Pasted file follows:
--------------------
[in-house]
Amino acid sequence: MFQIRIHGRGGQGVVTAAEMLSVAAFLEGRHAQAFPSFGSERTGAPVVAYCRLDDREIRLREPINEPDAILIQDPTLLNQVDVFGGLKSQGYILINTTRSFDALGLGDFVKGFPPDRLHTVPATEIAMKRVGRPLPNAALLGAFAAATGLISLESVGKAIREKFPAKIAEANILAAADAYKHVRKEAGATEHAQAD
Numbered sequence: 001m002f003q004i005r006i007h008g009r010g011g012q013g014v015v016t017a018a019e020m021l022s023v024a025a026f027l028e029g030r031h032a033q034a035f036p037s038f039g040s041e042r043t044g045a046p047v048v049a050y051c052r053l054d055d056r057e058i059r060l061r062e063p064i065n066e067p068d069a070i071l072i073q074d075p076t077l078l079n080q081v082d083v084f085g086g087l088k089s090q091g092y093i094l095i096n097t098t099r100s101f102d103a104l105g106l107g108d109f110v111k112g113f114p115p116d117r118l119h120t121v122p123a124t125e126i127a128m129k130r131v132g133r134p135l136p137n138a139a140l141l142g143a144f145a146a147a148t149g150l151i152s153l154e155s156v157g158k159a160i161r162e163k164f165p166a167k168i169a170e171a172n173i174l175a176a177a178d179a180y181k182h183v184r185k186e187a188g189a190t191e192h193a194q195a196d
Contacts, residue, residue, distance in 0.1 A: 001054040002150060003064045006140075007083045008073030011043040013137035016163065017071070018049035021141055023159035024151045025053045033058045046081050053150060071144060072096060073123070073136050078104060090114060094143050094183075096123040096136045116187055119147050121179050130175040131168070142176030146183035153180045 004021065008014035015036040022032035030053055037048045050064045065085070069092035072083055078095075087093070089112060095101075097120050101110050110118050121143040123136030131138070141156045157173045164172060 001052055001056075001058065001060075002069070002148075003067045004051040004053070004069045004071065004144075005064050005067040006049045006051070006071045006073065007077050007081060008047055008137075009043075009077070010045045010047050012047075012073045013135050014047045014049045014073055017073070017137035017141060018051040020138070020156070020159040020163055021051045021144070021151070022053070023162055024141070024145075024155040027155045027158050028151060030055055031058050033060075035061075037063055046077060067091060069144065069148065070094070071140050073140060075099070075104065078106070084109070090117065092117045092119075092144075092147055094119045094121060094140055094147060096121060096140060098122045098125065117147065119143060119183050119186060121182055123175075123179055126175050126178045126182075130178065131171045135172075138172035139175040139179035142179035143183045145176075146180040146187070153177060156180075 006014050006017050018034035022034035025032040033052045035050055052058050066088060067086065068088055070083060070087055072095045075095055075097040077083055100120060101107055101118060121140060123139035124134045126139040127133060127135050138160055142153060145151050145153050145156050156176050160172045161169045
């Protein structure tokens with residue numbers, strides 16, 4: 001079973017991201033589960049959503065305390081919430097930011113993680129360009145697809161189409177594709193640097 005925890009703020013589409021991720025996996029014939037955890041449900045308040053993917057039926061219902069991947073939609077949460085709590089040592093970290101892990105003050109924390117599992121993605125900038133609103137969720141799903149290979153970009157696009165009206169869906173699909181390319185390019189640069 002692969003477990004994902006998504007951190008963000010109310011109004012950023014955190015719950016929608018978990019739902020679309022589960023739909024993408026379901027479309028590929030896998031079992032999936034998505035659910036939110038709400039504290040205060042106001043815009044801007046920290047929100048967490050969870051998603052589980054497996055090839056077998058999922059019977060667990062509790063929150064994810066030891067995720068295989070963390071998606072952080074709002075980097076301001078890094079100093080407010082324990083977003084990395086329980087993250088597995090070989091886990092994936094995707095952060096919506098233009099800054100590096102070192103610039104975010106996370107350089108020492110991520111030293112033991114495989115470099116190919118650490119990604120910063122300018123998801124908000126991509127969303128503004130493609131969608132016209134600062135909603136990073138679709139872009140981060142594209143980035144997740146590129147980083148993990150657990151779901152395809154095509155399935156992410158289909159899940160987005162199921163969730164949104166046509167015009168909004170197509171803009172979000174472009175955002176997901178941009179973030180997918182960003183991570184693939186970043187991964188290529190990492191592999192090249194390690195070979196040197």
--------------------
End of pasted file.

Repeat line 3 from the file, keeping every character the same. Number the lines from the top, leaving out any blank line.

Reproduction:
Numbered sequence: 001m002f003q004i005r006i007h008g009r010g011g012q013g014v015v016t017a018a019e020m021l022s023v024a025a026f027l028e029g030r031h032a033q034a035f036p037s038f039g040s041e042r043t044g045a046p047v048v049a050y051c052r053l054d055d056r057e058i059r060l061r062e063p064i065n066e067p068d069a070i071l072i073q074d075p076t077l078l079n080q081v082d083v084f085g086g087l088k089s090q091g092y093i094l095i096n097t098t099r100s101f102d103a104l105g106l107g108d109f110v111k112g113f114p115p116d117r118l119h120t121v122p123a124t125e126i127a128m129k130r131v132g133r134p135l136p137n138a139a140l141l142g143a144f145a146a147a148t149g150l151i152s153l154e155s156v157g158k159a160i161r162e163k164f165p166a167k168i169a170e171a172n173i174l175a176a177a178d179a180y181k182h183v184r185k186e187a188g189a190t191e192h193a194q195a196d